Journal of Forest Research

, Volume 10, Issue 2, pp 135-142

First online:

Estimating individual tree heights of sugi (Cryptomeria japonica D. Don) plantations in mountainous areas using small-footprint airborne LiDAR

  • Tomoaki TakahashiAffiliated withDepartment of Forest Environment and Resources, Graduate School of Bioagricultural Sciences, Nagoya University Email author 
  • , Kazukiyo YamamotoAffiliated withDepartment of Forest Environment and Resources, Graduate School of Bioagricultural Sciences, Nagoya UniversityJapan Science and Technology Agency/CREST
  • , Yoshimichi SendaAffiliated withNakanihon Air Service Co., Ltd.
  • , Masashi TsuzukuAffiliated withNakanihon Air Service Co., Ltd.

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Recently, it was shown that individual tree heights could be accurately estimated using small-footprint airborne light detection and ranging (LiDAR) remote sensing. Because most of the areas studied previously were limited to flat terrain, we investigated the accuracy of LiDAR-derived individual tree height estimates for different types of topographical features in mountainous forests with a steeper and more complex topography. Several middle-aged (40–50 years old) sugi (Cryptomeria japonica D. Don) plantations are found in the mountainous regions in Japan; hence, we chose 48-year-old sugi plantations to investigate the accuracy of these estimates. The surveyed area was divided into three types of topographical features; steep slope (mean slope ± SD; 37.6° ± 5.8°), gentle slope (15.6° ± 3.7°), and gentle yet rough terrain (16.8° ± 7.8°). Before estimating tree heights, the number of detected trees within each topographical feature was researched. In each of these terrains, the percentage of trees detected correctly was 74%, 86%, and 92%; the average error between LiDAR-derived and field-measured tree heights was 0.227 m, −0.473 m, and −0.183 m; and the accuracy of the LiDAR-derived tree height estimates, given as root mean square error (RMSE), was 0.901 m, 0.846 m, and 0.576 m, respectively. Consequently, the procedure presented in this study could detect most canopy trees and estimate individual tree heights with an accuracy better than 1 m, even in a forest with a mean slope angle of approximately 38°; thus, indicating that small-footprint airborne LiDAR will be a useful tool for accurately estimating the heights of individual canopy trees in sugi plantations in mountainous areas.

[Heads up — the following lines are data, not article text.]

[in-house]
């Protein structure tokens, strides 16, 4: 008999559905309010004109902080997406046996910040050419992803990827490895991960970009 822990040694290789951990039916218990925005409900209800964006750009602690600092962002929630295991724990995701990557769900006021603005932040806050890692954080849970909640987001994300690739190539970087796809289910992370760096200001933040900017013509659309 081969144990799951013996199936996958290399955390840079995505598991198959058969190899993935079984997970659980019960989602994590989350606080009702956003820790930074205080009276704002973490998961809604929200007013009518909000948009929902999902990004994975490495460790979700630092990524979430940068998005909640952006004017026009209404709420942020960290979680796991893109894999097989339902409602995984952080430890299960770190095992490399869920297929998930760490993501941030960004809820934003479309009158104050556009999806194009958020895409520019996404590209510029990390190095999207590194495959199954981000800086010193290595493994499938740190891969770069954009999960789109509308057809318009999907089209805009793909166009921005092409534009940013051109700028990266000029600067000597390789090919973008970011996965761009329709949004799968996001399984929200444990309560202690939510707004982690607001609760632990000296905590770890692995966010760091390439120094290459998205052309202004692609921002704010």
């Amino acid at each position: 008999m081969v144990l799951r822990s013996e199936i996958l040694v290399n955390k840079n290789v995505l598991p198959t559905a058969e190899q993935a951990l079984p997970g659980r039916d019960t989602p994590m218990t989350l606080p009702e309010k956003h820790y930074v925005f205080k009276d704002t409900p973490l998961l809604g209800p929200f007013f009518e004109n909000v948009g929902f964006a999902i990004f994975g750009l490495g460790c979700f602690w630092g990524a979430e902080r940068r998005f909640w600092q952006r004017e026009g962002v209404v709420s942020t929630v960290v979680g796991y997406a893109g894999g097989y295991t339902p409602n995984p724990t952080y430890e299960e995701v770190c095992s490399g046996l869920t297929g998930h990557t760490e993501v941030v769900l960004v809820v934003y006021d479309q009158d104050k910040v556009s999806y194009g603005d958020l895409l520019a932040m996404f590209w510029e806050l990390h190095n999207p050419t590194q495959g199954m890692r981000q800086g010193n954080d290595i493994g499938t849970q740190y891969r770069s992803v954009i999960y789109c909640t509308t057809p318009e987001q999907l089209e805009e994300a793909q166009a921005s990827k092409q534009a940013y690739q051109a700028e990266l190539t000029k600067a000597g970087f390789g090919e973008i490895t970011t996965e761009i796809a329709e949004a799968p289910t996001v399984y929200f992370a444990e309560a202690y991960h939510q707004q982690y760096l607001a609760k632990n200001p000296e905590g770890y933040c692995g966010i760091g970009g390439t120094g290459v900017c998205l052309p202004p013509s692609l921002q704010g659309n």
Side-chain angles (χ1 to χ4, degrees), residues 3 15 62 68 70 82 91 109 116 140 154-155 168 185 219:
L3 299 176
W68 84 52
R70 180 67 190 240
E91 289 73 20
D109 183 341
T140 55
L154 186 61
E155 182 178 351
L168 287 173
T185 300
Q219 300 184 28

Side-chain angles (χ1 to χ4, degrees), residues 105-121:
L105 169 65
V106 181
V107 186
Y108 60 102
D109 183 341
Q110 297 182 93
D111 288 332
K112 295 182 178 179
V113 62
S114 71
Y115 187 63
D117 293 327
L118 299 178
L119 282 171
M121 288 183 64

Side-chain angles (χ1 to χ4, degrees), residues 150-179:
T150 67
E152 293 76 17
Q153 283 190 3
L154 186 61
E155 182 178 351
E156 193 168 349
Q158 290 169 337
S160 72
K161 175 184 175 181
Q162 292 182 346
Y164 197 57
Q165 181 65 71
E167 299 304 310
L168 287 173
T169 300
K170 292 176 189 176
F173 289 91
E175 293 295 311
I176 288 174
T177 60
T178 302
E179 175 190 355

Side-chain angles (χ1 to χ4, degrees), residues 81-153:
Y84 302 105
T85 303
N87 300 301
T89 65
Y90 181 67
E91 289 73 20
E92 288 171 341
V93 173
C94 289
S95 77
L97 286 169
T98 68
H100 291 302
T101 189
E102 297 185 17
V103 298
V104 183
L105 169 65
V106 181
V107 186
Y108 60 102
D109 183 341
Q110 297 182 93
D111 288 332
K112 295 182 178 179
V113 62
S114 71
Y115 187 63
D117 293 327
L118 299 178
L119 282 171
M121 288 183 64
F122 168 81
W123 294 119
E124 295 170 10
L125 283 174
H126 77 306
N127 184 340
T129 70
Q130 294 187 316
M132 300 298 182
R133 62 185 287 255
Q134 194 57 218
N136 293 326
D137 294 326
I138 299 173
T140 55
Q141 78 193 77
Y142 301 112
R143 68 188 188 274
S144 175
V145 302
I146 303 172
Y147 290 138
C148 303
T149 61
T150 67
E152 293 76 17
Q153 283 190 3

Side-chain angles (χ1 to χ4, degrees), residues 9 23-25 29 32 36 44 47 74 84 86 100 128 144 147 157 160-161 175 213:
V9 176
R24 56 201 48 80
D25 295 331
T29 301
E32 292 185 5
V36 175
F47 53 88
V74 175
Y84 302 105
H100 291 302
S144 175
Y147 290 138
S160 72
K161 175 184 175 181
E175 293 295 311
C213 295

Key words

DSM DTM LiDAR Sugi (Cryptomeria japonica D. Don) Tree height